Shop Press

Shop Press is the news and idea hub for everything related to working on cars and trucks, focusing on repair, technology, and wrenching lifestyle.

From the creative minds at:


Hot Off the Press

Catalytic converters are the coolest car parts that get no respect

The air in Detroit during the 1960s was so polluted that mothers were scared for their children to play outside. In certain places, you couldn’t see the sun at noon, and buildings had to be cleaned or repainted every six months. Some people wrote letters to...

Is perseverance in the service bay a feature or a bug?

I am a proficient mechanic. I have long said my proficiency comes partially from skill, but mostly I’ve achieved good results due to my perseverance. I am generally unwilling to toss in the towel on something until it works correctly. “Too stupid to know when to quit”...

May Automotive Horoscopes

Aries: Your service writer will be keeping you busy this month, and you’ll need to keep your focus to avoid burnout. Pay special attention to the effects of distractions around you. Some coworkers have a way of keeping you from your work for a little longer than you...

Right to Repair gains momentum in Maine

The state motto of Maine, “Dirigo,” Latin for “I lead,” is being embraced by the members of the Maine Right to Repair Coalition who find themselves at the vanguard of a movement to ratify legislation that protects independent repair shops. Last February, a referendum...

Tool review: ICON 3/8” ratchet

About a year ago, I was reefing on some fastener, and my trusty old Armstrong ratchet let go and spun free. It did it again a few bolts later, and at that point I set the tool down before I got hurt. I had purchased a few 3/8” ratchets years earlier after some junkers...

The other “Phillips” head screwdriver you might not know about

by | Dec 9, 2021

Not every Phillips head fastener is a Phillips head fastener.

I believed this was common knowledge until today, when I was speaking with another tech who had no idea what I was talking about, and I relived a lesson from my salad days of wrenching.

Many moons ago, when rebuilding the carburetors on Japanese motorcycles, I would replace all the hardware for the bowls and carb tops on CV units, for they were constantly stripping. I used to poke fun at them. I said they were made of cheese.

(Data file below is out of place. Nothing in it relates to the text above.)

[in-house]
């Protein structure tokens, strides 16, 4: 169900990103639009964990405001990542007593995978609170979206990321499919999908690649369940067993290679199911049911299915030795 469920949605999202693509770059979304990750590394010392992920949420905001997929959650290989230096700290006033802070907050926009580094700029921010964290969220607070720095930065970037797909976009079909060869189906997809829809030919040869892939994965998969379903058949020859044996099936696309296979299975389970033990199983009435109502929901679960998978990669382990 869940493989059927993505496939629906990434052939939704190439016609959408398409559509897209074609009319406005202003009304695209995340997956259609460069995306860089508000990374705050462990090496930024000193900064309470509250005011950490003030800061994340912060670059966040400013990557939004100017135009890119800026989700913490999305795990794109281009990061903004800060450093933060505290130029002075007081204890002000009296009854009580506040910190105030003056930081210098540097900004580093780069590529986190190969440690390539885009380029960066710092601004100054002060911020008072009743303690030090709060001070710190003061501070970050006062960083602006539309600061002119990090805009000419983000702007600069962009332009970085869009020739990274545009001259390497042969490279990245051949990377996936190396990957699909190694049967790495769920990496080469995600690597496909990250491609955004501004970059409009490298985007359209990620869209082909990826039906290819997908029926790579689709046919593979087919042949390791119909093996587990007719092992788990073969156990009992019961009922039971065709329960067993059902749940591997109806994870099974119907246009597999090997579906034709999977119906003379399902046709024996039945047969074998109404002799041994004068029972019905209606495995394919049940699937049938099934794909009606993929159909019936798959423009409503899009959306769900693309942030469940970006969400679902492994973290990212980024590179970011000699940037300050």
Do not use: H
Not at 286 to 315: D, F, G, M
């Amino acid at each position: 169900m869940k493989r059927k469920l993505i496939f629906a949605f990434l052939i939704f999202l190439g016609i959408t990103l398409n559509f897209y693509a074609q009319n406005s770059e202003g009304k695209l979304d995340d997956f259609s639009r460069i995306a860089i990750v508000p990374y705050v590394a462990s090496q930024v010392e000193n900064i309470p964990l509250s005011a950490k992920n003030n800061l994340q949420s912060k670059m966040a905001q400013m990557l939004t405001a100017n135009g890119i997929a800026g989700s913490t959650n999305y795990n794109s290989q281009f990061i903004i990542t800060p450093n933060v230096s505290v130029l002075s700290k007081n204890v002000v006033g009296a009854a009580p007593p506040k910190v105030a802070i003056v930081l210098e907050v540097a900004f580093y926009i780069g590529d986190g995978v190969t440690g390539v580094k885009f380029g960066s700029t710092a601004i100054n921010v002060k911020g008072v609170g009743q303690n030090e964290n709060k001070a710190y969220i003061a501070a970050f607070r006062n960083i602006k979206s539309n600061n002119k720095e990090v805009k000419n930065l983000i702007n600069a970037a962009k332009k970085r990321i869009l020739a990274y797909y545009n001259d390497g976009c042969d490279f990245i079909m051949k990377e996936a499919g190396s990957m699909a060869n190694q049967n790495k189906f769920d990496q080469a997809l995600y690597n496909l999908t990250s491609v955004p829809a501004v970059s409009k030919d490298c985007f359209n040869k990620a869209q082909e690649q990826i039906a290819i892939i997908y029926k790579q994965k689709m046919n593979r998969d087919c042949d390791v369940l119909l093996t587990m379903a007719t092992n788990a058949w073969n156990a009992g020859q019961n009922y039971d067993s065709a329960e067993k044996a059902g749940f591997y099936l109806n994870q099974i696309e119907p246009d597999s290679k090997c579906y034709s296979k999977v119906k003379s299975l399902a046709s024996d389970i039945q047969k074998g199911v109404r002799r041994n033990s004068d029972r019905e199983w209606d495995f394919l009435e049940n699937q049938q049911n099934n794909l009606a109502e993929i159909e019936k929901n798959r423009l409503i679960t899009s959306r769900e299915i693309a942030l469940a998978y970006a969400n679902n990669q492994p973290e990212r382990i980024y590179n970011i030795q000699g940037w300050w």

An old mechanic saw me doing this on a nice older bike, and told me I was an idiot. Quite naturally, I asked him why. He told me I was using the wrong tool on them. Nonsense! It’s a simple Phillips-head! Why, I had drawers full of them. He laughed and told me to bring him one of the screws I was throwing away. With his tobacco-stained pinky nail, he pointed to a small dot in one of the corners of the cross.

Dimples in a screw denote they are JIS.

See the dimples? Those are JIS shorthand for, “Walk back to your box and get the correct tool!” Photo by Lemmy.

“See that?” he asked. “That punch mark is to tell you not to use a Phillips-head driver on it. This is called a JIS screw. Japanese Industrial Standard.”

I thought he was breaking my horns. Then I looked into it. Turns out, he was correct. A true Phillips head screw “cams out” at a fairly low torque reading—exactly why I thought they were stripping (and why you’ve probably stripped them too). No one is sure if the design was developed that way, but the patent was updated in 1949, when that very cam-out “feature” (useful for machine-driven fasteners in those days) was described.

JIS screws are a little different but look similar. Many, many items made in Japan use JIS screws, which have a different profile in the “cross” area, as well as a more vertical angle of attack in the head of the fastener. They’re also flat in the bottom, whereas a Phillips bit is not, so it stands out of the slot when inserted, decreasing the contact area between driver and fastener.

JIS screwdrivers prevent damaged JIS fasteners, and they also can be useful for a Phillips fastener that’s been marred—sometimes prudent use of a JIS driver can extract the Phillips fastener. (And if you get it out, replace it with something fresh so you don’t sweat the same thing twice!)

Phillips screwdriver next to a JIS screwdriver

Not all screwdrivers (nor fasteners, for that matter) are created equal. The one on the right is a JIS driver. Photo by Lemmy.

I’ve got a few brands of these kicking around in my box, but I think Vessel makes some really nice ones. They’re expensive and always have been, and they are worth every penny. I recommend them.

The articles and other content contained on this site may contain links to third party websites. By clicking them, you consent to Dorman’s Website Use Agreement.

Related Articles

Shop Press Comment Policy

Participation in this forum is subject to Dorman’s Website Terms & Conditions. Please read our Comment Policy before commenting.

Notify of
Oldest Most Voted
Inline feedback
View all comments

Get Articles In Your Inbox

Subscribe to receive a monthly email summary of our latest Shop Press stories.

Shop Press

Thanks! You're now subscribed.